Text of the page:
Seeing and Hearing are Related to Brain Function

Seeing and Hearing are Related to Brain FunctionMany research studies have shown a direct correlation between the quality of a person’s vision and hearing and their rate of cognitive decline. Numerous studies have demonstrated a correlation between hearing loss and loss of memory, while other studies have demonstrated a correlation between the loss of eyesight — whether due to cataracts, diabetes or other eye abnormalities — with an increased risk of dementia and Alzheimer’s disease.

In two new studies, researchers from the University of Manchester in the United Kingdom, explored the reverse question: do people with hearing or eyesight problems who use medical technology to compensate for their problems decrease their risk of dementia and Alzheimer’s disease?

The researchers’ first study ,published in the journal PLOS ONE, focused on determining whether people with cataracts who underwent surgical procedures to improve their vision experienced a slower rate of cognitive decline than those who did not have the surgery.

The researchers, using data from the English Longitudinal Study of Aging, studied more than 2000 participants who received cataract surgery. The cognitive decline of these individuals was then compared to more than 3500 individuals included in the English Longitudinal Study of Aging who did not have cataract surgery.

Statistical analysis of the data revealed that the participants who underwent corrective surgery had a 50% slower rate of cognitive decline than the participants who did not receive corrective surgery.

The researcher’s second study, published in the Journal of the American Geriatrics Society, focused on whether people with hearing loss who used hearing aids experienced a slower rate of cognitive decline compared to hearing-impaired individuals who declined the use of hearing aids. The results of this study were. This study used data from more than 2000 participants recruited by the Health and Retirement Study, conducted by the National Institute on Aging, between 1996 and 2014.

Statistical analysis of this data revealed an even stronger link to cognitive decline: participants who chose to use hearing aids had a 75% slower rate of cognitive decline than participants who chose not to use hearing aids.

The question unanswered by the study is why someone with vision or hearing loss would refuse to address their issue. The answer to this question may be complex and variable. However, anecdotally, it is known that many people remain in denial about their vision loss until it is too late.

Regarding hearing loss, vanity is often the obstacle to overcome. Hearing aids are often very conspicuous, and wearing them can cause a person to lose their sense of self-esteem. Other common complaints include the fact that they are uncomfortable, and that they do not amplify sound in a satisfactory way.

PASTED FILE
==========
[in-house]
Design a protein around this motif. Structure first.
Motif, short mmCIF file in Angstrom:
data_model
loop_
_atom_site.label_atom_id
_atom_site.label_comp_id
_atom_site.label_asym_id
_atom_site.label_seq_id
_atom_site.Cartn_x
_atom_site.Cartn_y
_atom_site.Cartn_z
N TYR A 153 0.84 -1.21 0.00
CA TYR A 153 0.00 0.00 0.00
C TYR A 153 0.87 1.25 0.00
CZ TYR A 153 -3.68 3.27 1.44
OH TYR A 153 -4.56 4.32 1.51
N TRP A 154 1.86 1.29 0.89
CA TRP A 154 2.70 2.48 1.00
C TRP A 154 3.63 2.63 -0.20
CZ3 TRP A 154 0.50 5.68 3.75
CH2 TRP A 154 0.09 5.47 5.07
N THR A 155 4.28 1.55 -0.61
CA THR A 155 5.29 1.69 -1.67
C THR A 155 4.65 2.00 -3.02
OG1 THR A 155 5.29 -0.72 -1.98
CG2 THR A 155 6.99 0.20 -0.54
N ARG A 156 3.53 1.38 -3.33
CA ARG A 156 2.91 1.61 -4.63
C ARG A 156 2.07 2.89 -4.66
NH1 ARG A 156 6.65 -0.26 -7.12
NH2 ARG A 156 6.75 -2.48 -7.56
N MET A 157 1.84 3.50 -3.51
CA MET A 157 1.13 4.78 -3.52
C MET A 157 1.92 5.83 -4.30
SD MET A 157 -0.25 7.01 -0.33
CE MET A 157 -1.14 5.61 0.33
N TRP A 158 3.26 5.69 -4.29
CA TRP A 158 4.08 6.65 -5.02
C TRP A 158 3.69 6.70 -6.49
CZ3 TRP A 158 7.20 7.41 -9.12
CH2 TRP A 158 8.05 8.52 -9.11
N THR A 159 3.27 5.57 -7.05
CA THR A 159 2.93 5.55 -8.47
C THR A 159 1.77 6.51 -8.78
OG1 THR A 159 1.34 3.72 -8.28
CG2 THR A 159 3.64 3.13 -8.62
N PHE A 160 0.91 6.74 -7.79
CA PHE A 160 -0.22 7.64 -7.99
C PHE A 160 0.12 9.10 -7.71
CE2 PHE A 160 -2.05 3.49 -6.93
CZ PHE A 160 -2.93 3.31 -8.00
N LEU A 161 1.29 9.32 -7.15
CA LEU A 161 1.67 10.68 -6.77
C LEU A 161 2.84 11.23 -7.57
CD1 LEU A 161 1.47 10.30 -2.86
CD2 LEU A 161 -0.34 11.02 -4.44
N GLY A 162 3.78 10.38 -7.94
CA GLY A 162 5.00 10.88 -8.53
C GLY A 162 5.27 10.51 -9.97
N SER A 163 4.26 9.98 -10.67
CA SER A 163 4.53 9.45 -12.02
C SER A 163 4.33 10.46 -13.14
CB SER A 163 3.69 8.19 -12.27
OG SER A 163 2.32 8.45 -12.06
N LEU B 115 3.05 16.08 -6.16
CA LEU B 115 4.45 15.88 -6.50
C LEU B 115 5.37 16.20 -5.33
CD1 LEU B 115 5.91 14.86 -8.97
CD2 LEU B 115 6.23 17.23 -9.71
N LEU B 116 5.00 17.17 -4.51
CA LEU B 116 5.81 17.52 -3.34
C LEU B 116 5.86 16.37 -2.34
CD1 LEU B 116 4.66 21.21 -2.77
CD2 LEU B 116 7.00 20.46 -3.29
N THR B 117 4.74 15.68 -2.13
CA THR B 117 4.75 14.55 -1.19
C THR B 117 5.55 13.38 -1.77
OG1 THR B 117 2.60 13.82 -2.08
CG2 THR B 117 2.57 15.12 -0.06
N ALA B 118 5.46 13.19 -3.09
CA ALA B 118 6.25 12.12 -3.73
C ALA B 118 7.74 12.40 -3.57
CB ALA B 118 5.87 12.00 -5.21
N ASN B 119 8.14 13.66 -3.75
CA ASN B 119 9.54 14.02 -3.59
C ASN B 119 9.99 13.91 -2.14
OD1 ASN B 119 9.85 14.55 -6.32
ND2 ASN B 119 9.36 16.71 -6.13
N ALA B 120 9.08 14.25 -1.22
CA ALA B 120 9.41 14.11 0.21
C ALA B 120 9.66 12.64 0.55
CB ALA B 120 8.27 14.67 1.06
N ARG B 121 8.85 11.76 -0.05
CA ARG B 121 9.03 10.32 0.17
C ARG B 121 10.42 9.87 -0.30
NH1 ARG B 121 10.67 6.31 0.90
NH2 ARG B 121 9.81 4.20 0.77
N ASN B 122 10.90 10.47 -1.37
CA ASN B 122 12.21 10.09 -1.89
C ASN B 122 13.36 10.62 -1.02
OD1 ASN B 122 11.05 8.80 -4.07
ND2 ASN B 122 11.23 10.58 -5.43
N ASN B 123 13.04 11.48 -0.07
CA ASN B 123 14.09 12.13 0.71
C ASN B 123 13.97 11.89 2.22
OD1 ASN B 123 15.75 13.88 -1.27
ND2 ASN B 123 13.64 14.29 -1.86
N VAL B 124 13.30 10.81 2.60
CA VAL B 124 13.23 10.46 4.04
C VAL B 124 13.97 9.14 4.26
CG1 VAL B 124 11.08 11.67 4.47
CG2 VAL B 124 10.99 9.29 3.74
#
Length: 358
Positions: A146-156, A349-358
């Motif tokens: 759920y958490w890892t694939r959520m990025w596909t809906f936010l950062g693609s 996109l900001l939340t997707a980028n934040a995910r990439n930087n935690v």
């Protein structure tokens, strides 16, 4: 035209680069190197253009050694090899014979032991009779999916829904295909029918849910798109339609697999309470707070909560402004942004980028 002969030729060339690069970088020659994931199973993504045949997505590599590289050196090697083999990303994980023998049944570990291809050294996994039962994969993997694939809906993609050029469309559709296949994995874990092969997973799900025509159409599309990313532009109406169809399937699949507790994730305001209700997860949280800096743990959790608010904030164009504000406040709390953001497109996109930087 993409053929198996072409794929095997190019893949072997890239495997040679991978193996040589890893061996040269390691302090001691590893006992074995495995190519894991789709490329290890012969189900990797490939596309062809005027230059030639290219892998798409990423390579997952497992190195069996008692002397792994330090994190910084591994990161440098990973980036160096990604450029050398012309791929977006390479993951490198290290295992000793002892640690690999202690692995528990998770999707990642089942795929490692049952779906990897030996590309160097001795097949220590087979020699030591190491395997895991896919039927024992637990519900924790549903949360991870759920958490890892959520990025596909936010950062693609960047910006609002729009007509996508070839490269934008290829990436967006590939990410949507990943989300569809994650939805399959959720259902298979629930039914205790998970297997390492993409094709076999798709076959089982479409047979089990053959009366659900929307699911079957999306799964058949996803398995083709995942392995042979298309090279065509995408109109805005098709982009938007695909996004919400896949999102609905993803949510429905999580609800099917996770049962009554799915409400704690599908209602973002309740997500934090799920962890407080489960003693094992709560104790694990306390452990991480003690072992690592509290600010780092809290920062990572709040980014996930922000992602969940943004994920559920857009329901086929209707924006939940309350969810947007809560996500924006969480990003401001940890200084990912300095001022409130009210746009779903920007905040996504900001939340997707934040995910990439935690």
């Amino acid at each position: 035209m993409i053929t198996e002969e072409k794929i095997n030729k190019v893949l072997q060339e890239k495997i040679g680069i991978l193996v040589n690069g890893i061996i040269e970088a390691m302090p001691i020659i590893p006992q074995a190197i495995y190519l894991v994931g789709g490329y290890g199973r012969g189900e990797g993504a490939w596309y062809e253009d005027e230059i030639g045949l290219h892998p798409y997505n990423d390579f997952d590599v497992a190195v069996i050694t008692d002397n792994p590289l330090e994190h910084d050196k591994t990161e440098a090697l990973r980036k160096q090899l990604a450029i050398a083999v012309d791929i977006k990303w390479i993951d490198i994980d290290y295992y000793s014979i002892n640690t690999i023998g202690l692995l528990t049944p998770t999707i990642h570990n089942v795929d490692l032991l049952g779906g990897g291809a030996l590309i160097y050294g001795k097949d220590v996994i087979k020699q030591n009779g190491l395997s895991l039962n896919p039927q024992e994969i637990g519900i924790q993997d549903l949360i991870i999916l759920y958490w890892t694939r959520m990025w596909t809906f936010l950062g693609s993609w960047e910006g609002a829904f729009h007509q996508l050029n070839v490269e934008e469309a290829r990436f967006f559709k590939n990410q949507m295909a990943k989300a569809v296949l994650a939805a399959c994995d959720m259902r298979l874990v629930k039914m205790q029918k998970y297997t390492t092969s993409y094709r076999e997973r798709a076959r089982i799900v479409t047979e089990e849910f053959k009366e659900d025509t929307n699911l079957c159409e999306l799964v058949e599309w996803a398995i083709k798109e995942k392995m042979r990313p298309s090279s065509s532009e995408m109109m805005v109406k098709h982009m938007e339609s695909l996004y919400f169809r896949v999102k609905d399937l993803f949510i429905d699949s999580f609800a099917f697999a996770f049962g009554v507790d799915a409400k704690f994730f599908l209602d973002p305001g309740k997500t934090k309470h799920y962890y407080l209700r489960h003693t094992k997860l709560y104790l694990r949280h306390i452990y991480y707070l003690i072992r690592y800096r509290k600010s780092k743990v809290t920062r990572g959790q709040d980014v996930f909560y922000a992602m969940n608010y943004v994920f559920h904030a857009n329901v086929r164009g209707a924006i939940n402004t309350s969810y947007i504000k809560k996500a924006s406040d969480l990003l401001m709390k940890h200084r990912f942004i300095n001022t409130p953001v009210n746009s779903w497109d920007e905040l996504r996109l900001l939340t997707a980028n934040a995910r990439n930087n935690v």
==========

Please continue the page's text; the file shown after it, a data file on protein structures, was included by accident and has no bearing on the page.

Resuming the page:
The good news is that new techniques and devices are being invented continuously. Eye surgery has become far less complicated over the years, and hearing devices are continuing to improve from both a functional and an aesthetic perspective.

The message for us is clear: the more isolated we become from the world around us, the faster we will age. Consequently, it seems unquestionably worthwhile to undergo whatever surgical procedure, or  use whatever electronic device we need, in order to help us maintain our ability to interact with the world around. Doing so will not only make us more connected to the world, it will even preserve our brain function.

At Hamilton Grove Healthcare and Rehabilitation Center, in Hamilton, NJ, our care programs are designed specifically to meet the unique needs and interests of seniors and long-term care patients. We emphasize restorative care, maximizing each patient’s potential to regain and maintain function and mobility.

We foster an environment that is cheerful and enthusiastic, so residents truly relish and appreciate life.

Our outstanding Social Services team works hard to ensure that every resident thrives socially, emotionally, and spiritually.

We promote a culture of independence, crucial for emotional, social, and physical health. Residents are encouraged to choose their activity and meal preferences, and to perform tasks and activities as self-sufficiently as possible.

We carefully select, train and re-train our wonderful caregivers, who are especially sensitive to the needs of our long-term care patients. They treat residents with love, compassion, and dignity.

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